One of the reasons why I wanted to ditch my Sony Vaio PC and “upgrade” to a Mac was because of the video editing capabilities. Windows Movie Maker is okay, but there are limits to what you can do with it. iMovie is standard with Mac products, and in my quest to make more videos, thought that improving their quality was the obvious next step. But when I got the MacBook and starting playing around with iMovie, I felt like I was in a foreign land. I didn’t get it at all, and it was a lot different than what I was used to with Windows Movie Maker.
So for months, I would open iMovie, tinker around with it, get frustrated, and then ultimately quit without creating one video. I didn’t have the patience or the courage to continue. My son had a MacBook and made it seem so easy to use, and tried to give me a few lessons. But then he would get aggravated with me for not catching on quickly and then I would give up.
Such is life…
But one night in December, I was adamant about editing a video I had just shot on my laptop. And I wasn’t going to save it and transfer it to my Vaio so I could edit it there. If it took all night, I was going to get it. Within 2 hours, my video was edited and complete.
Here’s how I did it:
- Get friendly with the UNDO button- When editing on iMovie, most versions have an UNDO button. It has become my best friend throughout the learning process. If I don’t like something I’ve done, or added something that doesn’t look good, I simply UNDO. Then continue.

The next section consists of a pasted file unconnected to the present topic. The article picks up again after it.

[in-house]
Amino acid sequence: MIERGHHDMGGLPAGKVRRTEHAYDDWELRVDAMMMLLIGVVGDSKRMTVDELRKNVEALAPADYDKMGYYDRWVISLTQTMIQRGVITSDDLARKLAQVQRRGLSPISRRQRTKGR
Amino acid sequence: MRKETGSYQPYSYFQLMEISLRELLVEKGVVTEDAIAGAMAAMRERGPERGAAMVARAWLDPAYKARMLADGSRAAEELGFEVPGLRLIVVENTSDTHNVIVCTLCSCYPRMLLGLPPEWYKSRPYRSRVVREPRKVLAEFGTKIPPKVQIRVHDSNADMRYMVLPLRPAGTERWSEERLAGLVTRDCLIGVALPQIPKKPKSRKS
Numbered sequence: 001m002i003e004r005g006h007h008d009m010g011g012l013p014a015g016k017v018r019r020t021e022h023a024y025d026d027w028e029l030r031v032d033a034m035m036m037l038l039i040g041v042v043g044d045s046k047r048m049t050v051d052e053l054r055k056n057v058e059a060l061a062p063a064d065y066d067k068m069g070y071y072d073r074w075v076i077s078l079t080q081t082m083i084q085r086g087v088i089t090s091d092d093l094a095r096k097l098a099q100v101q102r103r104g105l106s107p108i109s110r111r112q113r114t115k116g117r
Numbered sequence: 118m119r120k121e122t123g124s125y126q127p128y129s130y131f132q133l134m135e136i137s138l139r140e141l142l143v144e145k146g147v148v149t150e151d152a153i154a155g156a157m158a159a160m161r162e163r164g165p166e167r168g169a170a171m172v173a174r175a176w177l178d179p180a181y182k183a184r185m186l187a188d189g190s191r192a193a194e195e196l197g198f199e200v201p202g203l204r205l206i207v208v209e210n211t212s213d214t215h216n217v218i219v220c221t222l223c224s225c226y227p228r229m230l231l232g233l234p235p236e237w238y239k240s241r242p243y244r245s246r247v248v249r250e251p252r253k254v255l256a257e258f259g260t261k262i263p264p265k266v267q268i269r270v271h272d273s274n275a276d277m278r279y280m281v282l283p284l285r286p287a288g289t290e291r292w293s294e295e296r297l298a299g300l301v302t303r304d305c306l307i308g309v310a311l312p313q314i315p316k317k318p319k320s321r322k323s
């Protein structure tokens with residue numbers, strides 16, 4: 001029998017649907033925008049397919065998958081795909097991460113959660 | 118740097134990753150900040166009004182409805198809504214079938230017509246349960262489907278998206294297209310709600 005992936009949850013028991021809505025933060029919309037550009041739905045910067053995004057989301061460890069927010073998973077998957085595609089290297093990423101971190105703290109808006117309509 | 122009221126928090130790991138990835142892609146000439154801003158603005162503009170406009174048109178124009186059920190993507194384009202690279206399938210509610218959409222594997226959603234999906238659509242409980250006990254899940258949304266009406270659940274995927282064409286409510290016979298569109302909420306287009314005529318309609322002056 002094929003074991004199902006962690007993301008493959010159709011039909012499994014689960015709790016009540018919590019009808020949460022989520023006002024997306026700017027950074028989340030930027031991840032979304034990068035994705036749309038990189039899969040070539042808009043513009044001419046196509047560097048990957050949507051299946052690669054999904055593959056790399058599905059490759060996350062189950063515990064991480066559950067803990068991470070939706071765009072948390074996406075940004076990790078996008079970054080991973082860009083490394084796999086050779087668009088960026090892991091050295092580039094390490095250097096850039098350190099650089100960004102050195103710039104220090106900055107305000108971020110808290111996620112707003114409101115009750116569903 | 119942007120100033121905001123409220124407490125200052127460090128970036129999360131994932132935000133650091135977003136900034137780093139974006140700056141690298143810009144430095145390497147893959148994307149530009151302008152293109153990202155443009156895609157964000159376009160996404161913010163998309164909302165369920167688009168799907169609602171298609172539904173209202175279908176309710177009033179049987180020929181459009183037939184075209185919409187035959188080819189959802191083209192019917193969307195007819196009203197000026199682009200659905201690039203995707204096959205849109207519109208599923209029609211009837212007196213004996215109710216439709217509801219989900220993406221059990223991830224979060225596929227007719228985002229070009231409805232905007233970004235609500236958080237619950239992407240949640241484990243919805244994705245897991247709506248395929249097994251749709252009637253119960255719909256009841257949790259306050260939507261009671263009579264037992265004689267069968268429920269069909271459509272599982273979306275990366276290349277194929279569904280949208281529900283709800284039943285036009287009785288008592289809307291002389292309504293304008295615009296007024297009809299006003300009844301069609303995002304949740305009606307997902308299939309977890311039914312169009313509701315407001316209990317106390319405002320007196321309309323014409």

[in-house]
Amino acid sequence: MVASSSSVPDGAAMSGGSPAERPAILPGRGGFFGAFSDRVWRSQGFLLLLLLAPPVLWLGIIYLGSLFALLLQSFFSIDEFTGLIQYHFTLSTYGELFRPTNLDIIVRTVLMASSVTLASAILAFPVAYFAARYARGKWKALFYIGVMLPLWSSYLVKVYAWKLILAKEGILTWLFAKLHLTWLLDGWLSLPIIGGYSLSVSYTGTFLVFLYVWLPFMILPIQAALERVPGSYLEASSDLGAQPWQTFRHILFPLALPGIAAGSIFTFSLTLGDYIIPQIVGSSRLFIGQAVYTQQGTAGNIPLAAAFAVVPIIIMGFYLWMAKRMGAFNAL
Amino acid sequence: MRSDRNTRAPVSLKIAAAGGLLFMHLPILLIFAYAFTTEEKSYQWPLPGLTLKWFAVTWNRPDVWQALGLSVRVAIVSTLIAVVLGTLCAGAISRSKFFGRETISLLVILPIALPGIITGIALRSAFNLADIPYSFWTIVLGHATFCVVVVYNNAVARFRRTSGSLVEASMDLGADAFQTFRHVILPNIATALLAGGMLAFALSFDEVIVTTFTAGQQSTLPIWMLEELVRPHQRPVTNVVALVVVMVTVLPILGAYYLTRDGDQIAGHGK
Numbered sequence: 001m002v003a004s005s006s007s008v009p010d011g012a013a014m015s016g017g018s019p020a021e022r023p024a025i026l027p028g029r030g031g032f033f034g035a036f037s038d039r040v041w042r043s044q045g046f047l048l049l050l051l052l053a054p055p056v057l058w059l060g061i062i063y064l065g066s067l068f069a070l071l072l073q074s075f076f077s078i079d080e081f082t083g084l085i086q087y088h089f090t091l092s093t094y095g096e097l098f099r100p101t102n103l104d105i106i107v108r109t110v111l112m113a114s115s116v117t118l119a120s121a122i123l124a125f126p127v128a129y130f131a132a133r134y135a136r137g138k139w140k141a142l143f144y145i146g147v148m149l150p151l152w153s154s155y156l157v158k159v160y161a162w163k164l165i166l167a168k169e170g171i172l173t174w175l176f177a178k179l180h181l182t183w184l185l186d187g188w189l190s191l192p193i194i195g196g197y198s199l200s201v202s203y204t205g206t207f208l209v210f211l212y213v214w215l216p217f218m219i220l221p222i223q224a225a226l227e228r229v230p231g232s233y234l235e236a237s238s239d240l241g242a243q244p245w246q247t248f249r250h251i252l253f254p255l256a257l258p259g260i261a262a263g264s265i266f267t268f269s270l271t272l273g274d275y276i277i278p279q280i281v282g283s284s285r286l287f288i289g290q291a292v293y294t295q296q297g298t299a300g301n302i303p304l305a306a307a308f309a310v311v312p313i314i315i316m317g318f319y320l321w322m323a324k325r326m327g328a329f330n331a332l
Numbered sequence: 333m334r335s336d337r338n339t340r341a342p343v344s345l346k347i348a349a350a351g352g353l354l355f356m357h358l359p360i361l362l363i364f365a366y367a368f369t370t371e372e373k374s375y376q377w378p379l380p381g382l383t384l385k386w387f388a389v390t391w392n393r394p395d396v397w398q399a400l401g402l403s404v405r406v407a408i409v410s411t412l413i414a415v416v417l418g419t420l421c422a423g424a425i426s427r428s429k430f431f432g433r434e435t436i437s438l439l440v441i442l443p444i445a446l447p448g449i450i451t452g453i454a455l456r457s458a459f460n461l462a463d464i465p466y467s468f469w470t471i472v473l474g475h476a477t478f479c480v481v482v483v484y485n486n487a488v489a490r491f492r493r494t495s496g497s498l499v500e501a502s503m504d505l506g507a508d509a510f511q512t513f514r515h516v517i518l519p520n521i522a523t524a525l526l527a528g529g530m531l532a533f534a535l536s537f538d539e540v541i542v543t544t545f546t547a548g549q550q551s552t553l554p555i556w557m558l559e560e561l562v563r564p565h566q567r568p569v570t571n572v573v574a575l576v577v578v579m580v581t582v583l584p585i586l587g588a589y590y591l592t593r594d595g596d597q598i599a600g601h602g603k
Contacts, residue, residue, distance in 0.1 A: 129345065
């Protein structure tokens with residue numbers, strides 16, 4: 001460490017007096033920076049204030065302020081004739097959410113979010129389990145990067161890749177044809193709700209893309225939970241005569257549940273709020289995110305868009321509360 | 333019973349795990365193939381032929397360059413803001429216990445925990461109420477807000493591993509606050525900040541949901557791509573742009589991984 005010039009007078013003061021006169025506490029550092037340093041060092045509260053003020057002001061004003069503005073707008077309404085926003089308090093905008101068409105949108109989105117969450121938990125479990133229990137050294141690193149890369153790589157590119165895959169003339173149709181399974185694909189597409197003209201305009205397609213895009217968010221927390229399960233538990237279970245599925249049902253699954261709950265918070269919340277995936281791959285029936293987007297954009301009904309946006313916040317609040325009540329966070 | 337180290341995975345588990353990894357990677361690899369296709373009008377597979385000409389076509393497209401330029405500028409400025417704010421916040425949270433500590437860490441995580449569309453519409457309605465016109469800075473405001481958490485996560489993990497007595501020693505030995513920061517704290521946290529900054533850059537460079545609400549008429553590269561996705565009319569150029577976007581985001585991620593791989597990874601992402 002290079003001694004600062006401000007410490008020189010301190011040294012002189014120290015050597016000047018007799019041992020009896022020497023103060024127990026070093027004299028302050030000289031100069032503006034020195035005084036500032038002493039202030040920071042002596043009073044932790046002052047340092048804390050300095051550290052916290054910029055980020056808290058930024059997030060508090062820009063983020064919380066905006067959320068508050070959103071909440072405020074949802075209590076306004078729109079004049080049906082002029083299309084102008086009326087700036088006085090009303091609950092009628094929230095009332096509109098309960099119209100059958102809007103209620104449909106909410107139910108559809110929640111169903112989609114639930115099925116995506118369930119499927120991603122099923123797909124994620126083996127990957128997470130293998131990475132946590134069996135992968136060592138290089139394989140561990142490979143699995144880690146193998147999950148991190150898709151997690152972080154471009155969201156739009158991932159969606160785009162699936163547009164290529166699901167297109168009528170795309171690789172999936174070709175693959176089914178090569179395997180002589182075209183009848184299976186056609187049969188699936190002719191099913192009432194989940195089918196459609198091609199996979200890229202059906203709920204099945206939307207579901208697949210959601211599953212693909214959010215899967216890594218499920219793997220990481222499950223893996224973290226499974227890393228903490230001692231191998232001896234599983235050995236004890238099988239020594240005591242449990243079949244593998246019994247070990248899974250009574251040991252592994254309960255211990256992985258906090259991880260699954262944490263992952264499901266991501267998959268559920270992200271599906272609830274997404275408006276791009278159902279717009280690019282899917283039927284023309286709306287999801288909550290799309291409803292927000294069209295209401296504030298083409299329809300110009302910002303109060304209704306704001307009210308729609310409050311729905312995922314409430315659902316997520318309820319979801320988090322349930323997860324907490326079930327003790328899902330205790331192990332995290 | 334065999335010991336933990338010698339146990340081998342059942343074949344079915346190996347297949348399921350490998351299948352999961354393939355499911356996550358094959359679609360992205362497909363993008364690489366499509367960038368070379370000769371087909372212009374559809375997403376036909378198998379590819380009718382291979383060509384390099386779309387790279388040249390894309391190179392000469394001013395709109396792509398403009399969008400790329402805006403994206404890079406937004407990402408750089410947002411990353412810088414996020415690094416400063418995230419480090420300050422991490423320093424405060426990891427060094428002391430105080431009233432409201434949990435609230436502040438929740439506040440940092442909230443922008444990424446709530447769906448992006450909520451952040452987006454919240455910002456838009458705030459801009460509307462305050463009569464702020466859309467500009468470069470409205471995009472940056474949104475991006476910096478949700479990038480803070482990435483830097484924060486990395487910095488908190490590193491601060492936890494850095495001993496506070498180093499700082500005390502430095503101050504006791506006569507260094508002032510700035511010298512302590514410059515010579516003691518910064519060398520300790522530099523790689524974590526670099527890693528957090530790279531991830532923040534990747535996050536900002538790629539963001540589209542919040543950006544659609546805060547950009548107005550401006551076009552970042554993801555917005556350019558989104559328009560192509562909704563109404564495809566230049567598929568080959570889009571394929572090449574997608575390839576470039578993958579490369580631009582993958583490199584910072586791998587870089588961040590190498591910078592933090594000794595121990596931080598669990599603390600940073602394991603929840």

- Video tuts on YouTube- Whenever I wanted to know how to do something—how to transition, add a title, a theme, etc., I would simply search for it on YT and voila, I had my answer. Googling and searching for your answers is a great way to learn iMovie.
- Use it, learn it- The more you use iMovie, the more you learn how to use it and what it can do. You also get familiar with how it works and how to edit the way you want. Me being afraid of it and not using it was actually holding me back from advancing. But once I let go and used it, I learned how to do most everything I needed to do.
- Keep it simple- One thing I don’t like is when I watch a video and there are too many bells and whistles keeping me from really enjoying the video. Sometimes less is more, so editing and keeping the video simple is not only a good aesthetically, but makes an impressive video.
- Developing my style- I notice that when I watch other videos online, a lot of people have a style. The way the edit and transition, add music, etc. Developing my style is a great way to master iMovie, because you are basically using the same features and items each time you edit the video. My style is what I like to call “simply fabulous”—I have a beginning (or opener), text or title, then the actual video with a few break-ins. And then credits and an outro. I pretty much do that with any edited video I produce.
Mastering iMovie isn’t as hard as it looks. I hope these few tips help you!
Have you mastered iMovie? Or if not, what is holding you back from using it? Let me know!